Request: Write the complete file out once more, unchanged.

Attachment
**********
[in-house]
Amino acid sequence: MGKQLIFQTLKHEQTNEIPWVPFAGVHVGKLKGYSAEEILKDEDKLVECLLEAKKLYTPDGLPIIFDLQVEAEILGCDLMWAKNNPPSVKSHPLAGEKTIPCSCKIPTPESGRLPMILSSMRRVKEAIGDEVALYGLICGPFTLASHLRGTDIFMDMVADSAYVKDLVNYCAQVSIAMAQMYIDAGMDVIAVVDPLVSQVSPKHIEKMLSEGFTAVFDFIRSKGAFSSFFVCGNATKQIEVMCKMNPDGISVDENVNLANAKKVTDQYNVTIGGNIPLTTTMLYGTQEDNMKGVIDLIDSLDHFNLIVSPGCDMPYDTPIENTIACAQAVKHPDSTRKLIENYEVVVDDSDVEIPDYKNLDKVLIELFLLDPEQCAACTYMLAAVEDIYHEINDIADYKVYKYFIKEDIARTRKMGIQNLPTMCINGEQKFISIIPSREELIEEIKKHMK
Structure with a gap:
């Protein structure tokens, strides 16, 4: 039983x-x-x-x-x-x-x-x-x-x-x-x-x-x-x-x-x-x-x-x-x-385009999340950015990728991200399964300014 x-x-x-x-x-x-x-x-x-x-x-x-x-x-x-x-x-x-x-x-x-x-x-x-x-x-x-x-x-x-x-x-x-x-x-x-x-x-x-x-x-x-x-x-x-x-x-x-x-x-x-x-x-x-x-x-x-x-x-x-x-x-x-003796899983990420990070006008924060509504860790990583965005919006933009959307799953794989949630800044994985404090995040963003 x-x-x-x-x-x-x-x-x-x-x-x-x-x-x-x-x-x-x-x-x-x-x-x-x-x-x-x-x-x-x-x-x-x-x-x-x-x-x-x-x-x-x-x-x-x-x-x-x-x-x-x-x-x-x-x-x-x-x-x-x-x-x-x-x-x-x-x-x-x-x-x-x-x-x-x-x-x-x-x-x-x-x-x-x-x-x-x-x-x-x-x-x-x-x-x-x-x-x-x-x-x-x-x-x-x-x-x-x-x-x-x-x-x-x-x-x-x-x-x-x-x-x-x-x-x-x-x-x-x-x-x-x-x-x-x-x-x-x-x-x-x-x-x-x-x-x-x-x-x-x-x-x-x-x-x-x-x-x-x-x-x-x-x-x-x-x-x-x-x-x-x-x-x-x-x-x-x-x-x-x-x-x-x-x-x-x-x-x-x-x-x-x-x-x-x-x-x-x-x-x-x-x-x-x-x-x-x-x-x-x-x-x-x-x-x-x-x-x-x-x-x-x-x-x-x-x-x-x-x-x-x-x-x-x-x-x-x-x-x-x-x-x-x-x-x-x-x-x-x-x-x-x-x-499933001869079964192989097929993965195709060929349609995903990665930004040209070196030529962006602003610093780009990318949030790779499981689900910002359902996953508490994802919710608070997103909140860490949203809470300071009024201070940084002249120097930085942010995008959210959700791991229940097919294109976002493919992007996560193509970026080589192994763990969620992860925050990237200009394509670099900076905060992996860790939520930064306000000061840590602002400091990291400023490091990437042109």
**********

[in-house]
Amino acid sequence: MGKQLIFQTLKHEQTNEIPWVPFAGVHVGKLKGYSAEEILKDEDKLVECLLEAKKLYTPDGLPIIFDLQVEAEILGCDLMWAKNNPPSVKSHPLAGEKTIPCSCKIPTPESGRLPMILSSMRRVKEAIGDEVALYGLICGPFTLASHLRGTDIFMDMVADSAYVKDLVNYCAQVSIAMAQMYIDAGMDVIAVVDPLVSQVSPKHIEKMLSEGFTAVFDFIRSKGAFSSFFVCGNATKQIEVMCKMNPDGISVDENVNLANAKKVTDQYNVTIGGNIPLTTTMLYGTQEDNMKGVIDLIDSLDHFNLIVSPGCDMPYDTPIENTIACAQAVKHPDSTRKLIENYEVVVDDSDVEIPDYKNLDKVLIELFLLDPEQCAACTYMLAAVEDIYHEINDIADYKVYKYFIKEDIARTRKMGIQNLPTMCINGEQKFISIIPSREELIEEIKKHMK
Structure with a gap:
């Protein structure tokens, strides 16, 4: 039983x-x-x-x-x-x-x-x-x-x-x-x-x-x-x-x-x-x-x-x-x-385009999340950015990728991200399964300014 x-x-x-x-x-x-x-x-x-x-x-x-x-x-x-x-x-x-x-x-x-x-x-x-x-x-x-x-x-x-x-x-x-x-x-x-x-x-x-x-x-x-x-x-x-x-x-x-x-x-x-x-x-x-x-x-x-x-x-x-x-x-x-003796899983990420990070006008924060509504860790990583965005919006933009959307799953794989949630800044994985404090995040963003 x-x-x-x-x-x-x-x-x-x-x-x-x-x-x-x-x-x-x-x-x-x-x-x-x-x-x-x-x-x-x-x-x-x-x-x-x-x-x-x-x-x-x-x-x-x-x-x-x-x-x-x-x-x-x-x-x-x-x-x-x-x-x-x-x-x-x-x-x-x-x-x-x-x-x-x-x-x-x-x-x-x-x-x-x-x-x-x-x-x-x-x-x-x-x-x-x-x-x-x-x-x-x-x-x-x-x-x-x-x-x-x-x-x-x-x-x-x-x-x-x-x-x-x-x-x-x-x-x-x-x-x-x-x-x-x-x-x-x-x-x-x-x-x-x-x-x-x-x-x-x-x-x-x-x-x-x-x-x-x-x-x-x-x-x-x-x-x-x-x-x-x-x-x-x-x-x-x-x-x-x-x-x-x-x-x-x-x-x-x-x-x-x-x-x-x-x-x-x-x-x-x-x-x-x-x-x-x-x-x-x-x-x-x-x-x-x-x-x-x-x-x-x-x-x-x-x-x-x-x-x-x-x-x-x-x-x-x-x-x-x-x-x-x-x-x-x-x-x-x-x-x-x-x-499933001869079964192989097929993965195709060929349609995903990665930004040209070196030529962006602003610093780009990318949030790779499981689900910002359902996953508490994802919710608070997103909140860490949203809470300071009024201070940084002249120097930085942010995008959210959700791991229940097919294109976002493919992007996560193509970026080589192994763990969620992860925050990237200009394509670099900076905060992996860790939520930064306000000061840590602002400091990291400023490091990437042109």